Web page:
New attempt to tackle UK rail strike as Boris Johnson urges sector to modernize
The RMT union will hold fresh talks with rail bosses to avoid more strikes later this week, as Boris Johnson warns the industry needs to modernize or it will “go bust” and the industry This cuts jobs.
Negotiations will resume on Wednesday after parts of Britain halted on Tuesday in the biggest strike against the country’s rail lines in 30 years. Passengers have been forced to stay home after warnings to avoid all but essential travel, with only about a fifth of major trains running and many lines closing completely.
With skeleton services running only for commuters to London and other cities, there are no trains on large parts of the network all day.
The Prime Minister called on “union tycoons to sit down with Network Rail and the train companies” to agree reforms such as phasing out ticket offices.
After negotiations failed on Monday night, Network Rail wrote to RMT informing them of its plans to consult with the 1,800 people who lost their jobs and change working methods. The public body said it hoped “the vast majority” of job losses could be voluntary, but RMT said the two sides have yet to reach an agreement.
Mick Lynch, leader of Railway Union RMT organizer of the strike, which involved 40,000 employees at infrastructure owner Network Rail and employees at 13 train operators, said his priority was to address ensuring there were no situations mandatory redundancy.
Than strike are scheduled for Thursday and Saturday if no deal is reached, while London Underground employees also go on strike for a day on Tuesday.
A Network Rail executive said the two sides reached a last-minute agreement late Monday, but added that RMT had not gone far enough in modernizing maintenance operations in return for a higher salary agreement.
RMT management is promoting a salary increase of 7 to 8% to compensate for Inflation is expected to reach 11% This year. But Johnson called at a cabinet meeting on Tuesday for pay discipline to curb inflationary pressures, arguing that railway modernization was essential.
“I say this to the whole country: we need to be ready to continue the journey,” he added. “These improvements in the way we operate the railway are in the public interest. . . If we don’t do this, these great companies, this amazing industry, will face further financial pressure, it will go bankrupt. ”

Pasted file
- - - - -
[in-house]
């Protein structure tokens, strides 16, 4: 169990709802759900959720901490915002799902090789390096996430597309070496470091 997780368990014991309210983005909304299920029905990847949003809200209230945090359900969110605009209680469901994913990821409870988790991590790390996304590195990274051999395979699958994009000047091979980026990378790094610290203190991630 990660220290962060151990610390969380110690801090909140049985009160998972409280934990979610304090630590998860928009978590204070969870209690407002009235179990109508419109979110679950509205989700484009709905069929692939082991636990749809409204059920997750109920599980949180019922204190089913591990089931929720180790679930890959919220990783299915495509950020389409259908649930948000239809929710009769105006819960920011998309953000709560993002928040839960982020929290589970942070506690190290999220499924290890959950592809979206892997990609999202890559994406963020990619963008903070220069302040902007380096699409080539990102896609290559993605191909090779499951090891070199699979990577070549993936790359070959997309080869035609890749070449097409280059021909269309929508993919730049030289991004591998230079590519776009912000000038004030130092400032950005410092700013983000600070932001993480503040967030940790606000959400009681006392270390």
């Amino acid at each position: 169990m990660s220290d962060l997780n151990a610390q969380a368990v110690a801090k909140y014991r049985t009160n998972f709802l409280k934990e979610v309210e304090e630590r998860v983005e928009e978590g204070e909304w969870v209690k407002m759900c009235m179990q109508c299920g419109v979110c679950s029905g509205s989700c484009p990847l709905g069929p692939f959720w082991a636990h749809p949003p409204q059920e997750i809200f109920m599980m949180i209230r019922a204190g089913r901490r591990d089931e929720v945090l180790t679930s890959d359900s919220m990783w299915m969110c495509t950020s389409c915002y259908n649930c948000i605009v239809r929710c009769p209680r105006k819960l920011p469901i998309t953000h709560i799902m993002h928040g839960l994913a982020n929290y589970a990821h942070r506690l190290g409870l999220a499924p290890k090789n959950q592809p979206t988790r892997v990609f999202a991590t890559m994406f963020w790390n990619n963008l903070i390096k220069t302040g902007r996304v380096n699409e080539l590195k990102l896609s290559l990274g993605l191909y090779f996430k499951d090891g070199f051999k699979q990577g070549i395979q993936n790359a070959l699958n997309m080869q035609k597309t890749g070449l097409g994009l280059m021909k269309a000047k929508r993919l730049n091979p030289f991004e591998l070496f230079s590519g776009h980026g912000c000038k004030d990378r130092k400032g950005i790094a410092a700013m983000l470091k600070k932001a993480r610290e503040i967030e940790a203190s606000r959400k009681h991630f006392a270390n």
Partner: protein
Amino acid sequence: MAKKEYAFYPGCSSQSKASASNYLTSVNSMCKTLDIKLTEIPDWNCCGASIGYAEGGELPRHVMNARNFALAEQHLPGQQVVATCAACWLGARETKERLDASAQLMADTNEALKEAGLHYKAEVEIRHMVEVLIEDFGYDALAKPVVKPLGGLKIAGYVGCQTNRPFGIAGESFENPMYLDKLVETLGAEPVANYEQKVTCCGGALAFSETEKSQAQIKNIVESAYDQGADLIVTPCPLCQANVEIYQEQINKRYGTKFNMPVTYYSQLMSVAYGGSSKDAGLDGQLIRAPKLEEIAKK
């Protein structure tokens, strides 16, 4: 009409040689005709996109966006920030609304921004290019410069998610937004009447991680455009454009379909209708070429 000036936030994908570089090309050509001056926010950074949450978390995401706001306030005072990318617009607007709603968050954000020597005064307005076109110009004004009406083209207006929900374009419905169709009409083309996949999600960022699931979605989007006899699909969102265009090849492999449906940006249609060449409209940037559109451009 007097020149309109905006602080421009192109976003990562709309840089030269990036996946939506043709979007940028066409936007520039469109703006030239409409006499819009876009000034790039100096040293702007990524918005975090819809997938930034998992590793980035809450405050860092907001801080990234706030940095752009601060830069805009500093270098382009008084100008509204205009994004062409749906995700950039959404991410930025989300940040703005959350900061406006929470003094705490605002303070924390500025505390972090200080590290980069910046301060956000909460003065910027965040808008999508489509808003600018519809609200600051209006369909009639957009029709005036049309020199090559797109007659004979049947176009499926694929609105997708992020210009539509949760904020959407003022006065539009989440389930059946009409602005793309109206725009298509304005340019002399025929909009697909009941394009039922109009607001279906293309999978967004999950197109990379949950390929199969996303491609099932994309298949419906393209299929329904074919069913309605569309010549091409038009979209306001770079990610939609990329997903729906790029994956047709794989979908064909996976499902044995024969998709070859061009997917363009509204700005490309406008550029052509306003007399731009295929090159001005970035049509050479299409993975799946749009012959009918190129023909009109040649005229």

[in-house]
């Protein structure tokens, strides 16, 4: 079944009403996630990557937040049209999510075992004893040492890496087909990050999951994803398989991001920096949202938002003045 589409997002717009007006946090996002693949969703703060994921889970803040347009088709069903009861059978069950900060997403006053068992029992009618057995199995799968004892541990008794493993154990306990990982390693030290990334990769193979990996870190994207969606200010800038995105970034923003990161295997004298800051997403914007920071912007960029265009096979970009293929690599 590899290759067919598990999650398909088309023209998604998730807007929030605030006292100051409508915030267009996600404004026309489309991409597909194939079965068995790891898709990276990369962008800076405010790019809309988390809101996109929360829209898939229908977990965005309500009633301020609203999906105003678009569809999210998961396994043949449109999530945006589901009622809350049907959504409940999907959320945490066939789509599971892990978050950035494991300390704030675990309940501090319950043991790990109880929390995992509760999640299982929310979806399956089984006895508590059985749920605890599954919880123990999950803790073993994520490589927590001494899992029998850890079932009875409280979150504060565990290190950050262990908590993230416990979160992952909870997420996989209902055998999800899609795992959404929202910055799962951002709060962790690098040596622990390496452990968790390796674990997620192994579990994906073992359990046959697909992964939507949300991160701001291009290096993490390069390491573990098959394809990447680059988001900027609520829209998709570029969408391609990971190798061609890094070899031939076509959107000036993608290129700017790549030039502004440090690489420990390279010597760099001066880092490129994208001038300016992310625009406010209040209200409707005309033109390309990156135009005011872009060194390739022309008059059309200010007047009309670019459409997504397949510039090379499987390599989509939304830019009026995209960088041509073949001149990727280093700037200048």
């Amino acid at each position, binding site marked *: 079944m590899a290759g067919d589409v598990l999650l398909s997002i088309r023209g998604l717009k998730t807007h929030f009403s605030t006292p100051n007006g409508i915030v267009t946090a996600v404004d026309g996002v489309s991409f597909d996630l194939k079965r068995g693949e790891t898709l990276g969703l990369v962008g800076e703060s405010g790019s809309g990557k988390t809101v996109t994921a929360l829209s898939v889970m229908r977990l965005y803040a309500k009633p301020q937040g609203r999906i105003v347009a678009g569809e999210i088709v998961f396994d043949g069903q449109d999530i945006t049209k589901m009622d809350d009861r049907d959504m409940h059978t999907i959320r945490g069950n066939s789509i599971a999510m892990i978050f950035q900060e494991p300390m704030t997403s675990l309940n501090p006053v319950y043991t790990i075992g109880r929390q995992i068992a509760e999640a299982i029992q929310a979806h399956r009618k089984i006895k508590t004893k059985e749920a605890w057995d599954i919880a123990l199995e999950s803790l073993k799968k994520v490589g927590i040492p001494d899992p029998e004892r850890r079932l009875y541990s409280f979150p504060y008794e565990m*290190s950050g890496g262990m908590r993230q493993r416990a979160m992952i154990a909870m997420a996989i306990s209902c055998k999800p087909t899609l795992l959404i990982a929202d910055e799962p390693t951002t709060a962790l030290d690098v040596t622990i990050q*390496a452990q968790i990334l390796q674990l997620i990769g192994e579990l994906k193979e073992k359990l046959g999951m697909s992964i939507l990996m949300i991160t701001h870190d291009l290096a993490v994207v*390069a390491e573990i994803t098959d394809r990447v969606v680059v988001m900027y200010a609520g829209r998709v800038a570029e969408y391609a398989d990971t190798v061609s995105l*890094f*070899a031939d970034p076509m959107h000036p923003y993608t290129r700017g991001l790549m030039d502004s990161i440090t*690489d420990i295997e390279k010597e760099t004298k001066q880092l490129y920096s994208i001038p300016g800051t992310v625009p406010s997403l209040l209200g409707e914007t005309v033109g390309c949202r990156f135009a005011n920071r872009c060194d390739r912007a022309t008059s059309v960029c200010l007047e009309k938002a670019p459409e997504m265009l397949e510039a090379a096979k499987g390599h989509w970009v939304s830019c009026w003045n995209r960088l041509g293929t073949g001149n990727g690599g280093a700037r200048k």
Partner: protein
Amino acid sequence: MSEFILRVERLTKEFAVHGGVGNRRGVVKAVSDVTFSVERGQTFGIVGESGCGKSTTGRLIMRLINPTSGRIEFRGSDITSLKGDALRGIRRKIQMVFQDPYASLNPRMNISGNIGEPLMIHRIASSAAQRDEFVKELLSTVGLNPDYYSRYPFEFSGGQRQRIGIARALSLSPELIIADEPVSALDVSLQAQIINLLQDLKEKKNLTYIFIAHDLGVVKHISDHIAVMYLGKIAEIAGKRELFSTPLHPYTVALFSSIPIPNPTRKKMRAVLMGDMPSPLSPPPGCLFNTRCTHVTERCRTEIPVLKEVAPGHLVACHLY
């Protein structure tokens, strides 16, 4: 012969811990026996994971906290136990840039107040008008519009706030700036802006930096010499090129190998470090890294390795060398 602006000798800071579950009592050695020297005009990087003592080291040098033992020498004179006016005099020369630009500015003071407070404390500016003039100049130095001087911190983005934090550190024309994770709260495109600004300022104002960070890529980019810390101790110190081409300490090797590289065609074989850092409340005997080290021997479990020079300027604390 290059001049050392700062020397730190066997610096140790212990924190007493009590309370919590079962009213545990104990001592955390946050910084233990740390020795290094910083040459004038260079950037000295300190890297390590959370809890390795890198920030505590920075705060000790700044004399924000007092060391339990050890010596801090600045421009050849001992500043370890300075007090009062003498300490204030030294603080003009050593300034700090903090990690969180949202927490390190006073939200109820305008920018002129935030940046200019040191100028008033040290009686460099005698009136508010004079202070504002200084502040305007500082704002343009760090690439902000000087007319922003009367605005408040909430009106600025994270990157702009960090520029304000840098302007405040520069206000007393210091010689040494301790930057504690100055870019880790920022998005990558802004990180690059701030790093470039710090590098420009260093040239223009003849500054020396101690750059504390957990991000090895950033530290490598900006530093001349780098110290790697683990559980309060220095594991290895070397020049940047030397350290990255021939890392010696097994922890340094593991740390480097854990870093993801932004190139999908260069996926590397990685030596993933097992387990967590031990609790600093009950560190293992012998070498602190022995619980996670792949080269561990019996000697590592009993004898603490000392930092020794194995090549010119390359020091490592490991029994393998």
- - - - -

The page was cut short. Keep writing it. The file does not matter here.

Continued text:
TUC leadership has warned strikes could spread to other industries and on Tuesday the Communications Workers Union said it would vote consecutively on members on industrial action at the Royal Mail. .
Andrew Haines, chief executive of Network Rail, said he was “deeply sorry” to passengers for the disruption caused by the strike on the train but blamed RMT for its refusal to compromise, including methods working “classic”.
Haines added that the ministers agreed Railway network could go beyond the public sector wage cap and deliver an increase of more than 3% because of the huge scope for productivity gains in the industry.
Lynch said agreeing a pay package was only his third priority, after defending the job and terms and conditions. He added that the railway companies were watching the talks “from the other end of the telescope”.
While the government refuses to negotiate directly with the RMT, in practice, ministers control the industry’s finances.
Network Rail is state-owned, while the Department of Transport sets an annual budget for services run by private train operators under changes in the era of the coronavirus pandemic.
Business leaders warn that strikes will hit industries that have just recovered from the economic impact of Covid-19 the hardest.
UKHospitality estimates the strike will cost the sector between £540m and £1bn as thousands of people will be unable to travel around the country, harming bars, hotels, clubs, homes theater and restaurant.
Strike means more people are able to stay at home week than at any time since the last pandemic shutdown, delivering another blow to downtown businesses.
But the Covid-driven adaptation to telecommuting means industrial activity is not likely to be as disruptive as previous shutdowns.
Cargo services will be prioritized for the week but UK supply chains will be strained again. Maggie Simpson, head of the Rail Freight Group, said freight volumes would drop by 30 to 40 per cent for the week and the strikes would “add an added risk to already fragile supply chains,” said Maggie Simpson, who head of the Rail Freight Group said.
Rail skeleton service will close by 18:30 p.m. Tuesday, with the last train between London and the cities such as Birmingham, Manchester, Leeds and Edinburgh all depart before 4pm.
Train drivers are members of another union and are not on strike, while industry has put other managers and employees on the front lines to work on platforms and signal boxes.
The disruption is likely to last in the days between official strikes, especially in the morning, as trains will be left with no room for their scheduled runs.
Additional reporting by Jim Pickard and Daniel Thomas